Zanardi, E. RSMAS/University of Miami, email@example.com
Moore, C. RSMAS/University of Miami, firstname.lastname@example.org
Clark, C. RSMAS/University of Miami, email@example.com
Zika, R. RSMAS/University of Miami, firstname.lastname@example.org
FLUORESCENCE LIFETIMES OF SIZE-FRACTIONATED CDOM IN A SOUTH FLORIDA RIVERINE TO MARINE TRANSITION ZONE
Humic substances account for 40 to 60% of total dissolved organic material found in natural waters. They affect the optical quality of water and the speciation, transport, and fate of pollutants in natural waters and in water treatment processes. The optical characterization of these compounds as a function of their molecular weight distribution can yield information about their reactivity and mobility.
Flow Field-Flow Fractionation (FFFF) separates DOM on size-fractionated basis and has many advantages over common CDOM separation techniques, but has never before been applied to marine CDOM. There have been limited fluorescence lifetime studies on humic substances, with only one on marine DOM. Fluorescence lifetimes can be more specific and sensitive to molecular structural changes than intensity measurements. Our new experimental approach couples FFFF as the separation technique with fluorescence characterization.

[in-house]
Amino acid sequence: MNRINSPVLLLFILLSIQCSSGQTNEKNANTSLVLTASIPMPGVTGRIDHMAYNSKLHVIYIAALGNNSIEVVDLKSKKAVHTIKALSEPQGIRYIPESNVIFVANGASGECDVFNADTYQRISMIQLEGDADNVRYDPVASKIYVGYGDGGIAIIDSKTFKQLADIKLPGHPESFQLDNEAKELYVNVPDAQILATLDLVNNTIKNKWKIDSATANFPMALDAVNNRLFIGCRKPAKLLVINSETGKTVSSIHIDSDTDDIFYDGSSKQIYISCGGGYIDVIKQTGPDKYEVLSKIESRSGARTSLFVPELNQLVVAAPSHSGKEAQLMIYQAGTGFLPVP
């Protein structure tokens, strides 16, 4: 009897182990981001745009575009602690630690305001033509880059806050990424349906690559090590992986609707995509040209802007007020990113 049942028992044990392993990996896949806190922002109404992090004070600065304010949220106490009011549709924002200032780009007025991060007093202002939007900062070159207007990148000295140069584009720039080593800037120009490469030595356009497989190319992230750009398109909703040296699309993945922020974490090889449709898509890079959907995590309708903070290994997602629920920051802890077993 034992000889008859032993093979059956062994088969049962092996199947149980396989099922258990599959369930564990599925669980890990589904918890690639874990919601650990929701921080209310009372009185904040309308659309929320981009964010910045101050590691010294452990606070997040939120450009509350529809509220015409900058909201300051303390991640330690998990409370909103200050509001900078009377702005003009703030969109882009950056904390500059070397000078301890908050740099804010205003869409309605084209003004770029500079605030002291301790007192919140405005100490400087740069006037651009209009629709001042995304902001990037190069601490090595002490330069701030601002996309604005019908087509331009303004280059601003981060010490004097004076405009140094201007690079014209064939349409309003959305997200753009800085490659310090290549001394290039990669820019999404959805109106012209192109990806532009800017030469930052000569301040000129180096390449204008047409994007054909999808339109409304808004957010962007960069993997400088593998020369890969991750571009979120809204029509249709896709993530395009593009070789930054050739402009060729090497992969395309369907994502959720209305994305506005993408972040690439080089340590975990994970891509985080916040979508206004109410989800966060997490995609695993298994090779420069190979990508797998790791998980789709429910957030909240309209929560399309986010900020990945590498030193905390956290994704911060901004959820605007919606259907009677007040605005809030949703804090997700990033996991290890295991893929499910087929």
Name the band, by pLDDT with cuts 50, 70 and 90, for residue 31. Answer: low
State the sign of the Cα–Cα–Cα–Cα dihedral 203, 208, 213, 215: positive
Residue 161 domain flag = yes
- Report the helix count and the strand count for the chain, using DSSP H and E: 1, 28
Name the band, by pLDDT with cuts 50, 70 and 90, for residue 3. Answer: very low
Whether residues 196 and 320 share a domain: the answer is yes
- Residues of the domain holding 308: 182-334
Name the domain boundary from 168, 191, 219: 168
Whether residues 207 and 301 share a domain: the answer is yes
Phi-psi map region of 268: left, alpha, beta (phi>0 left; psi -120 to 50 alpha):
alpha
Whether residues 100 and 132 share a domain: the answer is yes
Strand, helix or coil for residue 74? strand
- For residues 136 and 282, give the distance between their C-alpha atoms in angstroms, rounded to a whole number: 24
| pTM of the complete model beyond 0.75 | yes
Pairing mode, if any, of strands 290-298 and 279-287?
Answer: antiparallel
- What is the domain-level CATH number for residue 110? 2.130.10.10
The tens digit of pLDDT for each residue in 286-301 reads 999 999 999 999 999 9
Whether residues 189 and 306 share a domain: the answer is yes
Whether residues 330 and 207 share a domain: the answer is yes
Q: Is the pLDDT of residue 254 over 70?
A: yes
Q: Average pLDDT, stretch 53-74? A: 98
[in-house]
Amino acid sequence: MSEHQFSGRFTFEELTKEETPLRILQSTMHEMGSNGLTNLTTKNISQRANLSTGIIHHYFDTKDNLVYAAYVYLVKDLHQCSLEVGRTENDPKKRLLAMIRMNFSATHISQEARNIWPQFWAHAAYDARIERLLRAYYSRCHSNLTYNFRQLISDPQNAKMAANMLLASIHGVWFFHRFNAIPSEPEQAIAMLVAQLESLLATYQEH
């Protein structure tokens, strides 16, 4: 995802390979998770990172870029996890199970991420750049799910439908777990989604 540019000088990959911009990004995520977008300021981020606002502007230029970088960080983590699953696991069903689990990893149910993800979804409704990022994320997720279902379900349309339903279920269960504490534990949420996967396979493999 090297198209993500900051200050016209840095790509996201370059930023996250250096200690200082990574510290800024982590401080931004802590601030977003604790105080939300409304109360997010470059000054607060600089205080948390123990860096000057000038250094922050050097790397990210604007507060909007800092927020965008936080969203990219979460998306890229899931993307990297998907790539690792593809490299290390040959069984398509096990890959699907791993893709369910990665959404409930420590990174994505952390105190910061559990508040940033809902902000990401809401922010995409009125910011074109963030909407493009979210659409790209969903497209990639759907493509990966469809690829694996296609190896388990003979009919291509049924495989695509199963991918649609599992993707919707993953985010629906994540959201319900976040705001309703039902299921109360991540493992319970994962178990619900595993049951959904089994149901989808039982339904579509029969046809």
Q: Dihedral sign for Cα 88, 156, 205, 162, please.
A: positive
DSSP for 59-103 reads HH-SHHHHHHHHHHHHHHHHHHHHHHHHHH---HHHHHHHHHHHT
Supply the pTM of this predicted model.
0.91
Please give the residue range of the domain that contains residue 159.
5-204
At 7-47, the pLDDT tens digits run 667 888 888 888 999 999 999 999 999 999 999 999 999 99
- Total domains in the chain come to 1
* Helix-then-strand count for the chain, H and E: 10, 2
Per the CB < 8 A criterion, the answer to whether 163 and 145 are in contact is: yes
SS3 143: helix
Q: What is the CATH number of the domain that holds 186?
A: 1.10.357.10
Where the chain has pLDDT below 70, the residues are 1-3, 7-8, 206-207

To develop a better understanding of the differences/similarities between CDOM of marine and terrestrial origin and the impact these properties have on optical characteristics of coastal environments, we have examined a series of samples from a South Florida riverine to marine transition zone (Shark River/Florida Bay). Preliminary results indicate our experimental approach will be useful in examining the behavior of CDOM in freshwater and marine environments.
Day: Tuesday, Feb. 2
Location: Sweeney Center